Flow in river claimed two lives

A recent flow of water had been enticing many swimmers to the Bogan River below Yee War’s garden near Nyngan, New South Wales.

Image Bogan River, State Library of New South Wales. https://collection.sl.nsw.gov.au/record/9qoV4Oq1/leQ0zmBGL3b7O

But on February 5, 1931, after 5pm, there were only three present. Only one lived to tell the tale.

Rosie Pines, 44, a strong swimmer who had herself helped rescue a woman in trouble in the water at Tumet in years past, was with her friend Florence Murray, 25,  a much weaker swimmer.

They were accompanied by eight-year-old Marie Graham, who sat on the bank and watched.

Marie was the only eyewitness, and later said the women went into the water to get a motor tube used as a floatation aid, and Mrs Murray appeared to sink.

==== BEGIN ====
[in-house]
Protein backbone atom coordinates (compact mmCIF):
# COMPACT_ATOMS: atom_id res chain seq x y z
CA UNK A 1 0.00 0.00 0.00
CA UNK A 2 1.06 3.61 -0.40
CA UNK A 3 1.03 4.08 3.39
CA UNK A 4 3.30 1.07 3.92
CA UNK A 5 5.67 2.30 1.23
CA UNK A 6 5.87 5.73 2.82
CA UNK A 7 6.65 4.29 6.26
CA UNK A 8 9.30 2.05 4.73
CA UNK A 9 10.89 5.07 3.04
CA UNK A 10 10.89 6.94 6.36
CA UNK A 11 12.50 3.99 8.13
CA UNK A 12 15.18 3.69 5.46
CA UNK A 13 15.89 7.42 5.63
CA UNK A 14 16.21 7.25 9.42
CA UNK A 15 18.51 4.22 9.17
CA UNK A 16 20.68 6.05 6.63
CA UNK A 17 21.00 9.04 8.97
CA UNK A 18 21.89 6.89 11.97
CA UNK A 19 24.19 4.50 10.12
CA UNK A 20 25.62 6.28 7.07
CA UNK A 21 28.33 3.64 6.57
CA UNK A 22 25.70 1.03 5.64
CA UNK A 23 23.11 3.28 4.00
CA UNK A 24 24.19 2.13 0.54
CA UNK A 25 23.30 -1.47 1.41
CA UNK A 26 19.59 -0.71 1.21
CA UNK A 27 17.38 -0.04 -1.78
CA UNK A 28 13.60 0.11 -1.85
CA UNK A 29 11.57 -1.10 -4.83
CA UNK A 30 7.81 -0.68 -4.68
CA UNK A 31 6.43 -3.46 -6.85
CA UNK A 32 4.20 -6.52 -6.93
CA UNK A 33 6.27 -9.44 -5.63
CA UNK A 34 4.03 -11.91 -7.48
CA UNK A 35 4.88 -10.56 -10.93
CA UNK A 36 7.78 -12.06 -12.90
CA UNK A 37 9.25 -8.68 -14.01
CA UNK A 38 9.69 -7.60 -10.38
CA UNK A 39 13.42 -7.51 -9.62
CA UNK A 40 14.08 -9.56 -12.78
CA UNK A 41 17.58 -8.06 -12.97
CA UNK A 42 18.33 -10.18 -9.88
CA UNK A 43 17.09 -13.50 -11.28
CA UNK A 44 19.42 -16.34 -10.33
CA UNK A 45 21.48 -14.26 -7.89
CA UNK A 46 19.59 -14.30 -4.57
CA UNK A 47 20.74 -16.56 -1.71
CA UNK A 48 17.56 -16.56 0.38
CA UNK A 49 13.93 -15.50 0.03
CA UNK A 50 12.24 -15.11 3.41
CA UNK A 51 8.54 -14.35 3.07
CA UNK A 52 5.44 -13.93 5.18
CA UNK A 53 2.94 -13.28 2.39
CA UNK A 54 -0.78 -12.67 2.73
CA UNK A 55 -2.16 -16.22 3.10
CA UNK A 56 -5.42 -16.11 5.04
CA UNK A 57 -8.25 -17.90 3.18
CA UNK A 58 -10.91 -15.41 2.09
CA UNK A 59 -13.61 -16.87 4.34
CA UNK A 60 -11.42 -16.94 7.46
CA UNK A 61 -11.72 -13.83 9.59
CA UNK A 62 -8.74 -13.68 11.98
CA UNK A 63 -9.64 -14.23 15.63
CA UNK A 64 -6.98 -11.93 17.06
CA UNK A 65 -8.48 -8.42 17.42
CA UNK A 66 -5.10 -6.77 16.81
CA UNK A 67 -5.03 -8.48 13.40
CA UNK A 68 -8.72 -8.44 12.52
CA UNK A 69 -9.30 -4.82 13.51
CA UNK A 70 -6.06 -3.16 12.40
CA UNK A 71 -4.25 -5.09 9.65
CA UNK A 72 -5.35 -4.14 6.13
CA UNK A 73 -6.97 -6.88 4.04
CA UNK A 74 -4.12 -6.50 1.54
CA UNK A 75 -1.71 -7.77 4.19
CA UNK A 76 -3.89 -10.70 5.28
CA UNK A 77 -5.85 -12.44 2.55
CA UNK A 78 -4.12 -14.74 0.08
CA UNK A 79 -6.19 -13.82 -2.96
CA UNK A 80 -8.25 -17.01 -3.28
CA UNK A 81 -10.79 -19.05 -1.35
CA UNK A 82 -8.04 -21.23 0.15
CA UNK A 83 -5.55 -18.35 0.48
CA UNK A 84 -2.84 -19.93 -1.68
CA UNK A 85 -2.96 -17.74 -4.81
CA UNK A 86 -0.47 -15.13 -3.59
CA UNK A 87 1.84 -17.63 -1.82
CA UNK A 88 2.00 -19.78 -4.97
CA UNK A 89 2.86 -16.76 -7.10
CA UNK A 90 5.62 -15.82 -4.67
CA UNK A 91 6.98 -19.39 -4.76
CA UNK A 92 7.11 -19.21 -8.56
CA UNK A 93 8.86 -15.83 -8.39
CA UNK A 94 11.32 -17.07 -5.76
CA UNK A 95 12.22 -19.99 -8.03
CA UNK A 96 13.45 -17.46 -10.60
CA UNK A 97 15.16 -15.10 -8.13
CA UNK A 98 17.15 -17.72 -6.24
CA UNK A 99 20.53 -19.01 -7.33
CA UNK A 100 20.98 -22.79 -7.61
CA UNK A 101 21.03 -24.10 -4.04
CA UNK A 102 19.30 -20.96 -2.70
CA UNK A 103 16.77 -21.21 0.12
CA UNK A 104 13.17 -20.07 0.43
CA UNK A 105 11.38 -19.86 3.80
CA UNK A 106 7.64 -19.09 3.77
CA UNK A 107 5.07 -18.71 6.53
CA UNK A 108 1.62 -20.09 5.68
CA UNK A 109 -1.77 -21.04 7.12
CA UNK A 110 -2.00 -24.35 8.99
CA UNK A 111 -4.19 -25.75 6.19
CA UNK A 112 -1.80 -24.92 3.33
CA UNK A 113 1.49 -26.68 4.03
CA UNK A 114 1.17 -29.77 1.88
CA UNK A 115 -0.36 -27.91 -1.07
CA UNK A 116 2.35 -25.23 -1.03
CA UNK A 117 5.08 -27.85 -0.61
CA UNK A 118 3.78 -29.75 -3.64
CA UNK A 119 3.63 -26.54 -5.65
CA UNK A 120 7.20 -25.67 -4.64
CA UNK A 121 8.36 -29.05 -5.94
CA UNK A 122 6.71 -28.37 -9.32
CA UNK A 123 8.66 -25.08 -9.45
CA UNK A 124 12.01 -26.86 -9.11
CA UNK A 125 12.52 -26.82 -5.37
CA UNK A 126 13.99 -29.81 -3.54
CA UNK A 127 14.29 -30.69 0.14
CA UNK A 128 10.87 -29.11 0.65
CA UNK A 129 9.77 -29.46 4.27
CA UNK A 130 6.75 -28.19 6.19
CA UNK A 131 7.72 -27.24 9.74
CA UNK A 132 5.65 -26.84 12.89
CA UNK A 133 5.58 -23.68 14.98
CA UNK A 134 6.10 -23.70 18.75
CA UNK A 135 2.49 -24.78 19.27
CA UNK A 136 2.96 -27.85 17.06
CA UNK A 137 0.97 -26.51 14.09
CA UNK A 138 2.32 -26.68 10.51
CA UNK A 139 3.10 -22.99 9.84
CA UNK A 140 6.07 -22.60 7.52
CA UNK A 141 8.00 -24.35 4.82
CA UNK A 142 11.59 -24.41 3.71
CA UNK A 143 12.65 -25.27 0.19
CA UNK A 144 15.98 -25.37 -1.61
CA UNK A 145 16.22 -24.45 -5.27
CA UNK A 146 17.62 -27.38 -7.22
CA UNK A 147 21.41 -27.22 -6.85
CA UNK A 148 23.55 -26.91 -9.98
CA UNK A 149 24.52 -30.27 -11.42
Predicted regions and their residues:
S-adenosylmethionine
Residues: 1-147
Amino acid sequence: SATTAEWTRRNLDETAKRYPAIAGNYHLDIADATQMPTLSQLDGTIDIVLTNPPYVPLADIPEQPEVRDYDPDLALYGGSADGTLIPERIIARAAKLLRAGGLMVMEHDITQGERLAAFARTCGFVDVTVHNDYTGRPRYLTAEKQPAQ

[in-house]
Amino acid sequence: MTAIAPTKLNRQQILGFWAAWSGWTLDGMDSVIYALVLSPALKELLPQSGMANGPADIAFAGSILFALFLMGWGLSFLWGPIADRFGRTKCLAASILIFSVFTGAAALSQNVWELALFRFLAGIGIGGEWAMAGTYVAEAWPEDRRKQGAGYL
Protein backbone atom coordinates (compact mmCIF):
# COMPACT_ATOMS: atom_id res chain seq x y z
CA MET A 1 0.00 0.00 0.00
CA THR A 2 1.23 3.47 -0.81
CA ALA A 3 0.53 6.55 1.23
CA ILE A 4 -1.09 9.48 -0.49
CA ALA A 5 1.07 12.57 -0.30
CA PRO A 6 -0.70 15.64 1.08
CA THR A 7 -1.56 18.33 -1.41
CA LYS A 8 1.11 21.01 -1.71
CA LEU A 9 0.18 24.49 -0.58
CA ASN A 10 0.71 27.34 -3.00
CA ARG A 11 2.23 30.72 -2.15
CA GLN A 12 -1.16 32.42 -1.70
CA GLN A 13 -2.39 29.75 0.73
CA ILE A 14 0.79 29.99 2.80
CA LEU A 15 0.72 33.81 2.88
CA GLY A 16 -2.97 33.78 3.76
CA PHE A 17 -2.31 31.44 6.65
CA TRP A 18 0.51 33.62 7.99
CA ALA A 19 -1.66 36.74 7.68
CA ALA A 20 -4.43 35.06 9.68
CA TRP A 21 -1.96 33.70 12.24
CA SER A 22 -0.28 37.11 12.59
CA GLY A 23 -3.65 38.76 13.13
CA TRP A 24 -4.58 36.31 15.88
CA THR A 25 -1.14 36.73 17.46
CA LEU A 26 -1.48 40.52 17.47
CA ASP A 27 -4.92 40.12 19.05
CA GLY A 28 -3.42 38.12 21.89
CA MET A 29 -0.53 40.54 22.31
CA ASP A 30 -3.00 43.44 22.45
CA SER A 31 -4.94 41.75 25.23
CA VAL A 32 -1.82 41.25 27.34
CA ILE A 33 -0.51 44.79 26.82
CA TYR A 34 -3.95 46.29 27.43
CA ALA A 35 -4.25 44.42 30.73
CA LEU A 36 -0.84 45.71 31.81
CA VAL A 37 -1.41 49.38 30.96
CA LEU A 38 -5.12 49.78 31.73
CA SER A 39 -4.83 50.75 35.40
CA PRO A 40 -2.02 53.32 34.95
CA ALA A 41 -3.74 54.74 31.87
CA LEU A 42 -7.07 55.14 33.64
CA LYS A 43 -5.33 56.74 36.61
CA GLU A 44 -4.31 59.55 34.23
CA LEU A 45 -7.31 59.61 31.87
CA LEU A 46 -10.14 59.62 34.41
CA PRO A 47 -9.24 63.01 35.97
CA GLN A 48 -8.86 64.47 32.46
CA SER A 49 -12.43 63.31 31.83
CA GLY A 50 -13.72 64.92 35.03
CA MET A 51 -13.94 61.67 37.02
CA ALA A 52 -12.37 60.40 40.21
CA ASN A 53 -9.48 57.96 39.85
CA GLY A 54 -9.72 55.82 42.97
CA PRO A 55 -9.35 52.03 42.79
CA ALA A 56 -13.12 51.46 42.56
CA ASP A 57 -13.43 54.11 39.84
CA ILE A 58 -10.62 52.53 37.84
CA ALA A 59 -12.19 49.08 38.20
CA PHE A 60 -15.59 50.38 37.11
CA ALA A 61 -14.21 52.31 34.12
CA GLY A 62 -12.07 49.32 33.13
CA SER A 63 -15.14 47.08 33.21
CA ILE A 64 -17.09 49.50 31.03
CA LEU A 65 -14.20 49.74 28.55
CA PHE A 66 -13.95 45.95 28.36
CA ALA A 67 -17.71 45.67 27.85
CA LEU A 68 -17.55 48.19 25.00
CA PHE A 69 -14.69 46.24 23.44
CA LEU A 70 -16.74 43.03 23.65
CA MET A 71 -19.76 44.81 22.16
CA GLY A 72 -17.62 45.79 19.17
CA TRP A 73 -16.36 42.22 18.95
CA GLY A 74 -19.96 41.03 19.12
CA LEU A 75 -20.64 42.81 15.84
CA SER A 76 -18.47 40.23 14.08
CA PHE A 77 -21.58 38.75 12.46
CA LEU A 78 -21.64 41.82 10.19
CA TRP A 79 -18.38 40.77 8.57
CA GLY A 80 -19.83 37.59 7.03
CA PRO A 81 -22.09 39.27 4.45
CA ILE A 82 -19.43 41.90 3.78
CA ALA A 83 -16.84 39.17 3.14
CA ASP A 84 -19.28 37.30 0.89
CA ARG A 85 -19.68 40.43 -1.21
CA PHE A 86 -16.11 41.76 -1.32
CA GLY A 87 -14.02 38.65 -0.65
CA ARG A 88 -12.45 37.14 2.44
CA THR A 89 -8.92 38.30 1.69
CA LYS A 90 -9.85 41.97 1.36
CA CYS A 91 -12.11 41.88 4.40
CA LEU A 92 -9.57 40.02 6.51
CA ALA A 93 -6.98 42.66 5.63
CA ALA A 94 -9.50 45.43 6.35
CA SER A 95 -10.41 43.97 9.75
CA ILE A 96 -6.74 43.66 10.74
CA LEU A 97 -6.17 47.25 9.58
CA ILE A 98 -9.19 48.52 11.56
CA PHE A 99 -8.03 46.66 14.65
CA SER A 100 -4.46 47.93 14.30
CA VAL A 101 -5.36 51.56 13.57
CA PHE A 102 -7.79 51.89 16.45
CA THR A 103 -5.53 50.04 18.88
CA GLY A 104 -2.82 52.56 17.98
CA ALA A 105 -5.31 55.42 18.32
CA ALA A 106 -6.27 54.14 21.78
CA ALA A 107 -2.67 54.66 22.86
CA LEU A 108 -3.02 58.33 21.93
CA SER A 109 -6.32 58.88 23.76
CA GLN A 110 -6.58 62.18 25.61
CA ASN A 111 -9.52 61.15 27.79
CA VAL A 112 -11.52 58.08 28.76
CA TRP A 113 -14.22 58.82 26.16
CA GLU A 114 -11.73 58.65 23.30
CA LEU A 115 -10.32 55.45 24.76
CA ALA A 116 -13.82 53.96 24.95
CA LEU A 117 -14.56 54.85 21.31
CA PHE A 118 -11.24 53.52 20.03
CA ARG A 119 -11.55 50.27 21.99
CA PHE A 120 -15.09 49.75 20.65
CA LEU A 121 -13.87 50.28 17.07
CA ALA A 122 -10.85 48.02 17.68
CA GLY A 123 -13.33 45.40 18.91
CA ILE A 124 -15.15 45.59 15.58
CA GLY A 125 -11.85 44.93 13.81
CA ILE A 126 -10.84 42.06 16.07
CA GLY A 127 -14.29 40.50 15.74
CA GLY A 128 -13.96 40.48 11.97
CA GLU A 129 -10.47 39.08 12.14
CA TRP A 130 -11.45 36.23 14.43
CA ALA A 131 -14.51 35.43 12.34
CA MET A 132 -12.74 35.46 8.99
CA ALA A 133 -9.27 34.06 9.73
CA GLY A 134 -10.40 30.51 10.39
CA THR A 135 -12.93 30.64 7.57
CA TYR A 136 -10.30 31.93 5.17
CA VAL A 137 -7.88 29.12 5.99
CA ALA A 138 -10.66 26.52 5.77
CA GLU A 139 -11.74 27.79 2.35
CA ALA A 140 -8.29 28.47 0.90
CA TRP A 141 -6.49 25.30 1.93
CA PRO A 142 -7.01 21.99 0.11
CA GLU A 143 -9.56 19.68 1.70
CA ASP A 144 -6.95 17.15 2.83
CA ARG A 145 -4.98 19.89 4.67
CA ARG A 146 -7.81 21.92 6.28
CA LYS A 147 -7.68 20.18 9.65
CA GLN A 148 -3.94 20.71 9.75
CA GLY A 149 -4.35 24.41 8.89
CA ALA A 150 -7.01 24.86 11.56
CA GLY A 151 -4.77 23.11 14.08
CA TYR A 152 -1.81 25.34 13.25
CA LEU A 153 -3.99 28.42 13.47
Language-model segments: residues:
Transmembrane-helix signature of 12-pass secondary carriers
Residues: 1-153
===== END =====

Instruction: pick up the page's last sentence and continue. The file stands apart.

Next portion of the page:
Mrs Pines went to her assistance.

“The little girl said Mrs Murray appeared to put her arms around Mrs Pines and both went under the water.’’

 After waiting for a while, Marie ran home, which was near the Pines’. Upset and in shock, she told Mr Pines she had lost the women.

Mr Pines set off on foot to the river, thinking the women may have had car trouble but on arrival found the car and the women’s clothes, but no sign of them. 

The bodies were both found in the next three hours, thanks to the efforts of 50 searchers, who quickly gathered at the scene “ostensibly to have a dip, but soon joined in the search effort.”

Rosie Pines is buried in the Nyngan cemetery, while Mrs Murray was laid to rest in Sydney.

Nyngan cemetery: Rosie Annie Pines accidentally drowned Bogan River, February 5, 1931 aged 44
Nyngan, NSW

Source: Lachlander and Condobolin and Western Districts Recorder, Wednesday 25 February 1931 

River image: Courtesy State Library of New South Wales. https://collection.sl.nsw.gov.au/record/9qoV4Oq1/leQ0zmBGL3b7O

Published by Sharyn Moodie

I’m a sonographer. I like to travel. So I’m going to become a transient sono. See what life has to offer when you mix work with wandering around Australia.

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